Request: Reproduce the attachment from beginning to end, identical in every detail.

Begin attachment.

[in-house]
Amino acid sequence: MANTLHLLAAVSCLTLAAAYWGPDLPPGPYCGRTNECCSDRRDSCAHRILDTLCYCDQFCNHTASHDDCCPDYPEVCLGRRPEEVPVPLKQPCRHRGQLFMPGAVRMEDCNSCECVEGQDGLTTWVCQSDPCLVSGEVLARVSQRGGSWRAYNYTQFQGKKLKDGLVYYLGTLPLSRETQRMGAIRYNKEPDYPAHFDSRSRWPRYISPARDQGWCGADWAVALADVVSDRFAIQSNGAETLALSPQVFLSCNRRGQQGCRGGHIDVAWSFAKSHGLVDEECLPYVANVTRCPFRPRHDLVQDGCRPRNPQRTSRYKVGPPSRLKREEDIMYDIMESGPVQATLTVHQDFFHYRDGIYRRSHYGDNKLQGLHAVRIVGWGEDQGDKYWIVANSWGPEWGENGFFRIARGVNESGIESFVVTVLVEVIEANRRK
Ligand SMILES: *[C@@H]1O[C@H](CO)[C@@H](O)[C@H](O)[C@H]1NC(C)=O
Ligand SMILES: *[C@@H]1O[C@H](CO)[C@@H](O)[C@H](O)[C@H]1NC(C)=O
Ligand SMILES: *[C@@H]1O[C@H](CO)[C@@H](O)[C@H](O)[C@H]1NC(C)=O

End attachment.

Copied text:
[in-house]
Amino acid sequence: MANTLHLLAAVSCLTLAAAYWGPDLPPGPYCGRTNECCSDRRDSCAHRILDTLCYCDQFCNHTASHDDCCPDYPEVCLGRRPEEVPVPLKQPCRHRGQLFMPGAVRMEDCNSCECVEGQDGLTTWVCQSDPCLVSGEVLARVSQRGGSWRAYNYTQFQGKKLKDGLVYYLGTLPLSRETQRMGAIRYNKEPDYPAHFDSRSRWPRYISPARDQGWCGADWAVALADVVSDRFAIQSNGAETLALSPQVFLSCNRRGQQGCRGGHIDVAWSFAKSHGLVDEECLPYVANVTRCPFRPRHDLVQDGCRPRNPQRTSRYKVGPPSRLKREEDIMYDIMESGPVQATLTVHQDFFHYRDGIYRRSHYGDNKLQGLHAVRIVGWGEDQGDKYWIVANSWGPEWGENGFFRIARGVNESGIESFVVTVLVEVIEANRRK
Ligand SMILES: *[C@@H]1O[C@H](CO)[C@@H](O)[C@H](O)[C@H]1NC(C)=O
Ligand SMILES: *[C@@H]1O[C@H](CO)[C@@H](O)[C@H](O)[C@H]1NC(C)=O
Ligand SMILES: *[C@@H]1O[C@H](CO)[C@@H](O)[C@H](O)[C@H]1NC(C)=O